THE mangled remains of the charred Honda CR-V and the Nissan Caravan seemingly intertwined in a macabre dance depicting a scene from a horror movie.
BY PHYLLIS MBANJE
The roadside scene is a constant reminder of the fateful day when 11 people were burnt to death in a horrific accident which left the whole community along the Mvurwi-Centenary road shocked.
In the Honda CR-V were four passengers, who included police officers identified as Nehwangura (officer-in-charge Centenary), Mashona, Zenda and a murder and rape suspect, who had allegedly attacked and raped an 83-year-old woman, who later succumbed to her wounds.
The officers were taking the suspect from Bindura to Centenary for indications.
It has also been alleged that at the time of the crime, the now-late woman was on a sick bed with a urinary catheter on.
A urinary catheter is a flexible tube used to empty the bladder and collect urine in a drainage bag.
Although it has been more than a week, the smell of burning, melting flesh and piercing screams is still vivid and fresh in the minds of those who were unfortunate enough to witness the tragedy.
Last Friday, the mood was still very dark as many tried to understand the misfortune, with wild theories fuelling the conversations held under hushed tones in various households.
Despite the gentle breeze of approaching nightfall, the community is not soothed by its charm; the ghost of the fateful day still hangs low it is almost palpable.
Witnesses to the accident, who include journalists who were coming from an event, said the heartbreaking cries of the trapped passengers were the worst.
“We could not help much because both vehicles immediately caught fire after collision. The orange ball of fire was just too intense,” one of the witnesses, who still has nightmares of the disaster, said.
“I cannot sleep well at night without hearing those helpless people crying. The worst was not being able to do anything,” another female witness said.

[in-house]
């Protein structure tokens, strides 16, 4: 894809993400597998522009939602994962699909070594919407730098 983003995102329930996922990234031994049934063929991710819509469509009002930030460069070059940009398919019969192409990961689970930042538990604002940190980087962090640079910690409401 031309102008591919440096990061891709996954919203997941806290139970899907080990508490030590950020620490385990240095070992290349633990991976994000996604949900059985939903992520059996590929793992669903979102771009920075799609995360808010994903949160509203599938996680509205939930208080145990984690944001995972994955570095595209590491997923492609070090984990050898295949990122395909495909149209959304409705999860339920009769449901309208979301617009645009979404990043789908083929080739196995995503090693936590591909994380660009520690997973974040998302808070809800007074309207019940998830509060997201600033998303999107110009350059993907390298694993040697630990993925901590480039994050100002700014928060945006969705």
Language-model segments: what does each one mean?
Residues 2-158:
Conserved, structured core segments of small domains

She said she saw through the window of the Nissan Caravan a woman whose neck was twisted in way that suggested she may have been dead already.
“But what caught my attention was her child, who was still alive at the time, but the flames were getting worse,” she recalls.
“I cried as I stood there watching helplessly as the vehicle became engulfed with fierce flames that licked everything in their path. I could feel the heat singe the hairs on my fore arms,” she shivered as she recalled.
During an United Nations Population Fund event at Dambakurima Primay School, a kilometres away from the scene, last Friday, the mood was sombre, as the community in Muzarabani district grappled to understand what happened and how 11 people could just perish in such a painful way.
Addressing the gathering after observing a minute of silence in memory of the departed, Women Affairs, Gender and Community Development minister Nyasha Chikwinya expressed grief at the needless deaths of so many people.
“It is a sad day indeed for us as a nation. We keep losing people on our roads and hugely, because of human error. How can one remove a catheter and proceed to rape a defenceless old woman? It is unacceptable,” she said.
Although the actual details of what exactly happened can never be verified, members of the community and witnesses maintain that the driver of the Honda CR-V was speeding and lost control when he approached the curve.
He encroached into the lane of the oncoming Nissan Caravan which was carrying 21 passengers at the time.
Others, however, speculated on whether the suspect made a grab for the steering wheel in a suicide bid or during a heated argument.
But what is very clear is that the incident will be talked about for a long time. It also exposed weak disaster preparedness in terms of responding to disasters of this nature.
Zimbabwe has a severe shortage of ambulances, a situation which stakeholders have said compromises quality of health services.
Although Mvurwi District Hospital is less than 15km from the spot of the accident, it took long for the single ambulance to arrive at the scene.